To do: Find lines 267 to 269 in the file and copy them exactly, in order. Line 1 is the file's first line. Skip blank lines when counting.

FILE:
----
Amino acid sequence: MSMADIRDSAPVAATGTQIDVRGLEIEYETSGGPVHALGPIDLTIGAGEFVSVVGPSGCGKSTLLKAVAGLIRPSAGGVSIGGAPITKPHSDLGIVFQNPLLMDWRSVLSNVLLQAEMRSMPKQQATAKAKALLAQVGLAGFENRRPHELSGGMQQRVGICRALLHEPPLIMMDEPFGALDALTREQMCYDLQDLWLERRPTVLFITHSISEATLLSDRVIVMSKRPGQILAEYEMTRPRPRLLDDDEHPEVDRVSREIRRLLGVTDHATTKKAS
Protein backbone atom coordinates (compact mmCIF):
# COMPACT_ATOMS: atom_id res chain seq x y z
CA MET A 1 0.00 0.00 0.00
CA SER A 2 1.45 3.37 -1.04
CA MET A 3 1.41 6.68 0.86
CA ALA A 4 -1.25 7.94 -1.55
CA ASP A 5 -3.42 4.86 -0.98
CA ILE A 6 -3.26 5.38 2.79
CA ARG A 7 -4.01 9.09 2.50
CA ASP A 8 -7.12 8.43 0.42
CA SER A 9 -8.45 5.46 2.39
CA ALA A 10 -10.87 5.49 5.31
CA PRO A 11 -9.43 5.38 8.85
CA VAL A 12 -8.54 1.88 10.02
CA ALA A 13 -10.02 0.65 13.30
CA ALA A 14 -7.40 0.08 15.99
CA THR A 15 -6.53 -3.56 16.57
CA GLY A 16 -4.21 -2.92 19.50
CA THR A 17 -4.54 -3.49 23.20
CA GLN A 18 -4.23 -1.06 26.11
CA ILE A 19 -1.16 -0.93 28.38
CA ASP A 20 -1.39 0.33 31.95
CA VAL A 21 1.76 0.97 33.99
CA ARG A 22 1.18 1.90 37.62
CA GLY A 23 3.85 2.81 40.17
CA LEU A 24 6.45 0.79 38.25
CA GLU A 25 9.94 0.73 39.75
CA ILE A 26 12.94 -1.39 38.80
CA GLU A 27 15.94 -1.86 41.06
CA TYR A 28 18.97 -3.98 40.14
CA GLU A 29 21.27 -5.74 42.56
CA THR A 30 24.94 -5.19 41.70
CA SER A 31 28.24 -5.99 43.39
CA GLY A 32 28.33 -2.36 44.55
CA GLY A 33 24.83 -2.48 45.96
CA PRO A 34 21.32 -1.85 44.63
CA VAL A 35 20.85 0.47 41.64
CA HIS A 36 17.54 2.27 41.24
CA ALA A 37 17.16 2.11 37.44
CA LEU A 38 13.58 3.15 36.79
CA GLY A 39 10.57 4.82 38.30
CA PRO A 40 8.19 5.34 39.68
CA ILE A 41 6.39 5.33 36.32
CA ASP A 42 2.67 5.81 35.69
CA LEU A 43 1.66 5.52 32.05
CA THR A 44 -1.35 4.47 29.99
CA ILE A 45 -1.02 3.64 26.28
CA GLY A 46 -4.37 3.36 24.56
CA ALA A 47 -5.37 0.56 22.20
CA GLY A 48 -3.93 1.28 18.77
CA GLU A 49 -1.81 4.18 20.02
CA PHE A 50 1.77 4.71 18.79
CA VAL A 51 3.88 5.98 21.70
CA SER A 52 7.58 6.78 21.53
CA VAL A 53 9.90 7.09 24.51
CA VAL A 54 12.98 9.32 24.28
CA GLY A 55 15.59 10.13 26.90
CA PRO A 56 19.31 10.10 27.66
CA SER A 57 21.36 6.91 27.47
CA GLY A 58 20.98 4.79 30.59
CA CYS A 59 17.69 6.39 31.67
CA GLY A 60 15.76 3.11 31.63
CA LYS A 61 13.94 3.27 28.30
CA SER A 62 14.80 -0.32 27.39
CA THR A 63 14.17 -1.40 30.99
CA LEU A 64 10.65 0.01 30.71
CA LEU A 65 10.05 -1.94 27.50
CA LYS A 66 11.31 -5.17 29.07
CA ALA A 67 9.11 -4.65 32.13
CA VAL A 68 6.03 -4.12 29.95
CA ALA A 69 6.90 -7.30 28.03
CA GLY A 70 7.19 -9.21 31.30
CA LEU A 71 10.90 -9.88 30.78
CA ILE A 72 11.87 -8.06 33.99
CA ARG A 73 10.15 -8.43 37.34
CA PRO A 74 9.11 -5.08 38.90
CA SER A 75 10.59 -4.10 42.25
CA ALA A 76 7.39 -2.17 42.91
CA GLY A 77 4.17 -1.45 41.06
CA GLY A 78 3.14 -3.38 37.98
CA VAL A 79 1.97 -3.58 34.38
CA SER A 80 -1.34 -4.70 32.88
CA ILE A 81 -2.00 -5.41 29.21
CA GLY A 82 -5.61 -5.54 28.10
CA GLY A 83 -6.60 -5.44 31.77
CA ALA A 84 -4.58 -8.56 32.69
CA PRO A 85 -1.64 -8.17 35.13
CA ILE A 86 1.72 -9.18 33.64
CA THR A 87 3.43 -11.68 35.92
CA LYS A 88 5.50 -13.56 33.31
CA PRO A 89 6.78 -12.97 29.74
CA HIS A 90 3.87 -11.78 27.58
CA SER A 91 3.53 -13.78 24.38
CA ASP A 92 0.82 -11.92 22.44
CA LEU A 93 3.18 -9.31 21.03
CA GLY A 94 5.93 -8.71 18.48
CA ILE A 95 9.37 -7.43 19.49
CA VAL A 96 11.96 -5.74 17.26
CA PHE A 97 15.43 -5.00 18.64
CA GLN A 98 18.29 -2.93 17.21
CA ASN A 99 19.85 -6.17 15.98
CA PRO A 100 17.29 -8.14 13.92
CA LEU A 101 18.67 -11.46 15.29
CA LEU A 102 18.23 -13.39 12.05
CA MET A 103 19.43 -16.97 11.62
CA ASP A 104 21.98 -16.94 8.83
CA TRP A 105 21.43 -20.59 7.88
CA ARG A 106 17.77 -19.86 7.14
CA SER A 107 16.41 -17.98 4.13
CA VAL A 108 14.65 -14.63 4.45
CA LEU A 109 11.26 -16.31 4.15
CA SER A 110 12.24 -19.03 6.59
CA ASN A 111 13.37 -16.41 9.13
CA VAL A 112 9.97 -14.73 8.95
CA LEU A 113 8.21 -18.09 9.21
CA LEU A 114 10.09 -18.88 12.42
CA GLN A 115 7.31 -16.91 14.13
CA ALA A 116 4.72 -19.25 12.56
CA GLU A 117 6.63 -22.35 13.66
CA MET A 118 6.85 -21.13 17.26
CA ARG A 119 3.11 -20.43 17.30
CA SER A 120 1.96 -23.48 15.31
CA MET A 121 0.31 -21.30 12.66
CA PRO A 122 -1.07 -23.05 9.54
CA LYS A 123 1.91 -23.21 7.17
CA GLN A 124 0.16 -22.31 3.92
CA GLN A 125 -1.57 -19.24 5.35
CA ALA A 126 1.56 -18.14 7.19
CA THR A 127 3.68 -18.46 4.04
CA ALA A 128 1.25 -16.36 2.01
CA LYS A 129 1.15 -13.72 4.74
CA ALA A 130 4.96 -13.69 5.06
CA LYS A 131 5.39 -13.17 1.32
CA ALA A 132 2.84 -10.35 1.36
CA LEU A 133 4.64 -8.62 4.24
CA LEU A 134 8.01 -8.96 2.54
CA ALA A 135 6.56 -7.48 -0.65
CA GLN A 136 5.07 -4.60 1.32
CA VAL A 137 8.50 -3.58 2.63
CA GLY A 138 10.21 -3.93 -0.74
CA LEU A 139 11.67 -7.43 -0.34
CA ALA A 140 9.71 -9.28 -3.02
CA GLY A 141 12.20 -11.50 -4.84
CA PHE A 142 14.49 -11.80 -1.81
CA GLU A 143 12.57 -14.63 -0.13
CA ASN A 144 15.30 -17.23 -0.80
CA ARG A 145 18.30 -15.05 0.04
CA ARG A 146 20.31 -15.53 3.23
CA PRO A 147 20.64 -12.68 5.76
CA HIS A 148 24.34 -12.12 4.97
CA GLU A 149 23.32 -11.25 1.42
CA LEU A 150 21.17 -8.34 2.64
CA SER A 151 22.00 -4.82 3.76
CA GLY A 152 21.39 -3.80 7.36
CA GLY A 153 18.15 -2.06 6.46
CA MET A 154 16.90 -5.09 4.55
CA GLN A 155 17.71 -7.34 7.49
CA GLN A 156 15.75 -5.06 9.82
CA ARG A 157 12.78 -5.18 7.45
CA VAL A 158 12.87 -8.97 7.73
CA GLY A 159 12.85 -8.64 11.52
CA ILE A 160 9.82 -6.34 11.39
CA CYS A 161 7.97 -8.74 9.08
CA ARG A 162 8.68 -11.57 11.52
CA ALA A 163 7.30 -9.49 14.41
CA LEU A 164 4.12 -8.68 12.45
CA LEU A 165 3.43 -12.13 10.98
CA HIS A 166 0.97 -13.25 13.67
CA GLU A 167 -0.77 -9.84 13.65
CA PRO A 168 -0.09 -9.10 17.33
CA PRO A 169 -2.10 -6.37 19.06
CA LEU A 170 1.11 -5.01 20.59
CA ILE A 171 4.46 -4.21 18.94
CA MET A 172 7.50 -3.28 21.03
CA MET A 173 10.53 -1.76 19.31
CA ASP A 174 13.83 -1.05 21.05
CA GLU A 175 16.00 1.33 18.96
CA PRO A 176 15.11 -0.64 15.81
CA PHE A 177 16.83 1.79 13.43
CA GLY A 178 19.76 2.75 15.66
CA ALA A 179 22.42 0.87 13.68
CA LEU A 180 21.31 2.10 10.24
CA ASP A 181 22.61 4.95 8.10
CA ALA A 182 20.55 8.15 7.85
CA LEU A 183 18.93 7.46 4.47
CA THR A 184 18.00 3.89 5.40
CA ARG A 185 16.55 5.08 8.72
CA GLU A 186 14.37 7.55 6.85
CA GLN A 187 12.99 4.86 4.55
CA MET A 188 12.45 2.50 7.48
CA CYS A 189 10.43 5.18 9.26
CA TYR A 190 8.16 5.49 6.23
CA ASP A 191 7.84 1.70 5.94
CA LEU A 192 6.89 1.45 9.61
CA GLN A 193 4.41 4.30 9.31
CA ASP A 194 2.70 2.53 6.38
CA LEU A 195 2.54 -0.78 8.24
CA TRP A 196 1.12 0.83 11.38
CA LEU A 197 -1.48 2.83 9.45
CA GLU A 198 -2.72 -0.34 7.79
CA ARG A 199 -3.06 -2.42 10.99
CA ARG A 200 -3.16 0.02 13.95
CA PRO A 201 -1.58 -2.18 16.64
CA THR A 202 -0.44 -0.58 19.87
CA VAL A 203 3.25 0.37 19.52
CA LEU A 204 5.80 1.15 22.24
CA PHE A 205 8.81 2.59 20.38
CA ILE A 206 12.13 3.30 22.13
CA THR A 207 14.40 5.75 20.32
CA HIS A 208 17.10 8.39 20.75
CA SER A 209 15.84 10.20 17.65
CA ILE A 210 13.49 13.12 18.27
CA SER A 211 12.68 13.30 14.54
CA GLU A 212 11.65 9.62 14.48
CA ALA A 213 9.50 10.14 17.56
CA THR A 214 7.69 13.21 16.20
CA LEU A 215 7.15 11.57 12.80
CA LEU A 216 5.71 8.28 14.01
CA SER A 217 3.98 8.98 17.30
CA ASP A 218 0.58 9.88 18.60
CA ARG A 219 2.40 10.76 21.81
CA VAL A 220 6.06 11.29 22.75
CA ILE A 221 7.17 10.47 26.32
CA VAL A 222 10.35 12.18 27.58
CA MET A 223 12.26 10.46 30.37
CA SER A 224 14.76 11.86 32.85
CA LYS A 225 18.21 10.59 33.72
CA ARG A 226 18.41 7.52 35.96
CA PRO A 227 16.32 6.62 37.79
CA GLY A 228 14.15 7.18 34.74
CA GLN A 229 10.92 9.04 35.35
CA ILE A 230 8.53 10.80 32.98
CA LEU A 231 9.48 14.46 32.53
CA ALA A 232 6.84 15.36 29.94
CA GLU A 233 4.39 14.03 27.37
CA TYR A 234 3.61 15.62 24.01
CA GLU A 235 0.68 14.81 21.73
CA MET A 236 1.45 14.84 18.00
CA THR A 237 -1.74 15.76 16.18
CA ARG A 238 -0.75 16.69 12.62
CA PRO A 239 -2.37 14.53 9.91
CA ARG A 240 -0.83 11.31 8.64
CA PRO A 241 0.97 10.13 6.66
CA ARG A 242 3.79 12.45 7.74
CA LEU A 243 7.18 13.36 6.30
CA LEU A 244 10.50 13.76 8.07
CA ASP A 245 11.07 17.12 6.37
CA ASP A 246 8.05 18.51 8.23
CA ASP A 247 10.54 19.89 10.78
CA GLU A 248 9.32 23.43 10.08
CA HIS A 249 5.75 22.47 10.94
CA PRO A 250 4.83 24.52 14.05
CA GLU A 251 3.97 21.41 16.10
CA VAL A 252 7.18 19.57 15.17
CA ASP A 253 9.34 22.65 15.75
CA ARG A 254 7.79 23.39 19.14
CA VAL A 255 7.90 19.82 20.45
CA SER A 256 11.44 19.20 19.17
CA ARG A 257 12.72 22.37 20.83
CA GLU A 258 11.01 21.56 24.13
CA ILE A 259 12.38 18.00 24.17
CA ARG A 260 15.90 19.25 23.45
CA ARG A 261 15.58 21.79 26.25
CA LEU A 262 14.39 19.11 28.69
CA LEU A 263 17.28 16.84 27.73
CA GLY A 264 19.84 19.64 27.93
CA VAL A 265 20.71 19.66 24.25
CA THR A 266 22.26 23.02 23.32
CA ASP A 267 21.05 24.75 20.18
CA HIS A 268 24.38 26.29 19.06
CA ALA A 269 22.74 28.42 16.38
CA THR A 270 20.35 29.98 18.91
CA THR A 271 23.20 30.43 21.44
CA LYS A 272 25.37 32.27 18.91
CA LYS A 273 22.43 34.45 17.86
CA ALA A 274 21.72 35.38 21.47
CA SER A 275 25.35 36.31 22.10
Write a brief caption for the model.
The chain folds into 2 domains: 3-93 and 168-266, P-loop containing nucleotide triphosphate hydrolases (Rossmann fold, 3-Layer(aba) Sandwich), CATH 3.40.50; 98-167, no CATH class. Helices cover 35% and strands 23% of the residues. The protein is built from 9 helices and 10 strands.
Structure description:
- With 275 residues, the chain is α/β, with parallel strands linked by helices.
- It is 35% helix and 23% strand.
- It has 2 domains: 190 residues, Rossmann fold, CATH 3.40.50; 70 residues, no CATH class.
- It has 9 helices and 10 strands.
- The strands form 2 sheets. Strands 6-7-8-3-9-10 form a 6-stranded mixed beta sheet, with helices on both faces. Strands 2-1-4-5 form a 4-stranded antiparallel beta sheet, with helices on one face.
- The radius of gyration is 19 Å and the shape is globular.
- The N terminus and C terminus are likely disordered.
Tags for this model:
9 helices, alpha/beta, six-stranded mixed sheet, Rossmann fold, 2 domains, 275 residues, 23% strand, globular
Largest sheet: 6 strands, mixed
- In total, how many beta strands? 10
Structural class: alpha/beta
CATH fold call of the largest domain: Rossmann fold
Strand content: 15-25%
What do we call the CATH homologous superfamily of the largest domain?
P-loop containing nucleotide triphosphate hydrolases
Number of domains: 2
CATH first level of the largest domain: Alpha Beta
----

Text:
CA GLY A 264 19.84 19.64 27.93
CA VAL A 265 20.71 19.66 24.25
CA THR A 266 22.26 23.02 23.32